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Are the lowest mortgage rates relegated to history?

This time last year, recorded the lowest ever average rates for two, three and five-year fixed rate mortgages. However, with two base rate rises under the Bank of England’s belt since then, it seems that the lowest mortgage rates are now part of the history books.

Charlotte Nelson, Finance Expert at, said: “October 2017 will be known not only as the month of the lowest fixed mortgage rates on record*, but also as the turning point in the market. This is because just one month later, mortgage rates were on the rise, as was the Bank of England base rate for the first time since July 2007.

“The past year has been a challenging time for providers as they have had to wrestle with two base rate rises for the first time in years, while at the same time needing to remain competitive to protect their mortgage book. This conflict of interest has meant average fixed mortgage rates haven’t followed the Bank of England’s rate rises entirely. In fact, data from shows the average two-year fixed mortgage rate has risen by just 0.28% in the last 12 months, instead of the full 0.50% base rate increase.

“Despite this, borrowers opting for a two-year fixed rate mortgage today would still be £27.93** per month or £335.16 per year worse off compared to those who were lucky enough to lock into a fixed deal a year ago.

“But it could be worse. Since the August rate rise, many would have expected rates to increase further, but instead they are actually falling, with the average two-year fixed mortgage rate standing at 2.49% today compared to 2.53% in August. Five-year fixed rates have also fallen by 0.02% over the same period.

“The reduction of average 95% loan-to-value rates (reported last week) has some element to play in the overall averages decreasing. However, providers know that many borrowers are starting to think about protecting themselves from future rate rises, and a fixed mortgage does just that. Therefore, lenders are trying to remain competitive, wanting to be seen as offering some of the lowest rates in the market. With the summer now over, providers may also be starting to look at end of year targets, and are perhaps readjusting their rates to meet them.

“However, while rates may be falling now, it is unlikely that the record low levels seen in October 2017 will return anytime soon. With multiple base rate rises predicted for the foreseeable future, it is likely rates will only get higher, so borrowers looking for a fixed deal should act fast avoid disappointment.”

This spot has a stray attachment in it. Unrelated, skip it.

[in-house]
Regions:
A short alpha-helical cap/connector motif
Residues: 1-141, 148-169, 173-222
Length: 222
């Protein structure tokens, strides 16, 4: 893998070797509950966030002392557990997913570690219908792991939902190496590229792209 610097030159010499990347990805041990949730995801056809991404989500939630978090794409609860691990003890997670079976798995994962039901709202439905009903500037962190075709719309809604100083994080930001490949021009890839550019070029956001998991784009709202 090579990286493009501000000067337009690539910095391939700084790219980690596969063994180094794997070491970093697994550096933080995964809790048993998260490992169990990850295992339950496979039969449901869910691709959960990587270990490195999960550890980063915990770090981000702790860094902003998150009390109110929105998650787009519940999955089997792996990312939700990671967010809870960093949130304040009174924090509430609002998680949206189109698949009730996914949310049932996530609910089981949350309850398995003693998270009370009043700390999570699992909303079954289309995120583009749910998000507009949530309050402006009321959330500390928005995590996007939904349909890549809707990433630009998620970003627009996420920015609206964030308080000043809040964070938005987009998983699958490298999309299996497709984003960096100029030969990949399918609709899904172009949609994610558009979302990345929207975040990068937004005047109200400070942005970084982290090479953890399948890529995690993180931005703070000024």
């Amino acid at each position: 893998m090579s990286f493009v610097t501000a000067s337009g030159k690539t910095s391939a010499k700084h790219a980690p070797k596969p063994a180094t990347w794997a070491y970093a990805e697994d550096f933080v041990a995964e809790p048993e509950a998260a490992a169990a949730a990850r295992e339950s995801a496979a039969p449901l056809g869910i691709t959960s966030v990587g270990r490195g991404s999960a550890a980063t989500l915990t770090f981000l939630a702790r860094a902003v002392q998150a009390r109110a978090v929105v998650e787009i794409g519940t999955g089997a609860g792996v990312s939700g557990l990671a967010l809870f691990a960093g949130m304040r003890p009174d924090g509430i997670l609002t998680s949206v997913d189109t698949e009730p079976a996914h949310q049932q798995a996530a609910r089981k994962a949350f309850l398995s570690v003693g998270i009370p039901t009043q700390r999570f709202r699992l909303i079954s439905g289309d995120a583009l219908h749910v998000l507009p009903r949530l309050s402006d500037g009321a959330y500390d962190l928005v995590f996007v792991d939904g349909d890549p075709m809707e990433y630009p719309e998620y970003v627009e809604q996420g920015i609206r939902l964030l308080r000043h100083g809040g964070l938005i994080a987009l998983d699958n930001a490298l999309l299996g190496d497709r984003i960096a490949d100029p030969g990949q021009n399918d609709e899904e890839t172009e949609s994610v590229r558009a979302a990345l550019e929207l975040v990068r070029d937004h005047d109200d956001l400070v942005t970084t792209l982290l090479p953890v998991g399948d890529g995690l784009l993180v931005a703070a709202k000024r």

* Moneyfacts average mortgage rate records began in 2007.

**Based on a £200,000 main residence mortgage over a 25-year term on a capital and interest repayment basis. Monthly repayment for the average two-year fixed rate in October 2017 is £868.30 compared with £896.23 today based on this example.

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Source: Property118

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Borrowers rush for fixed-rate mortgages as Bank of England rate hiking cycle continues

British consumers expecting another jump in the Bank of England’s interest rates are rushing to lock in fixed-rate mortgages, new data shows.

The proportion of customers searching for fixed-rate mortgages on data firm Experian’s comparison site arm rose to over 67.4 per cent in February, a jump from only 60.3 per cent in December.

The new hawkish tilt to the Bank of England has been a relatively recent development. Interest in fixed-rate mortgages had jumped in September, when only 58 per cent of potential borrowers searched for steady interest rates, after the Bank gave its first indications it would consider reversing its previous move, a post-Brexit-vote cut in August 2016.

The Bank of England’s determination to start raising the base rate at which it lends to banks has taken many economists by surprise, which resulted in a surge of interest in remortgaging from households faced with the first rate hiking cycle in over a decade.

Demand for fixing the rate, rather than plumping for a variable tariff which could rise if Bank of England lending rates do, jumped to 67.1 per cent in November after the first hike.

Separate data from UK Finance last week showed a spike in remortgaging activity as procrastinators rushed to get a better deal, with 7.4 per cent more remortgagers than the same month a year earlier.

The jump in interest in remortgaging has come against a backdrop of falling demand for mortgages from first-time buyers and home movers.

The Bank this month gave a strong signal that it expects to hike rates again in May, saying market expectations of a first hike only in November would not be sufficient to reduce inflation to target in three years’ time.

A May hike would raise bank rate, the Bank’s main interest rate to 0.75 per cent, its highest since February 2009 as the central bank fought the financial crisis. Economists then expect a second rate rise in November, before a period of stability as the UK prepares to leave the EU in March 2019.

Source: City A.M.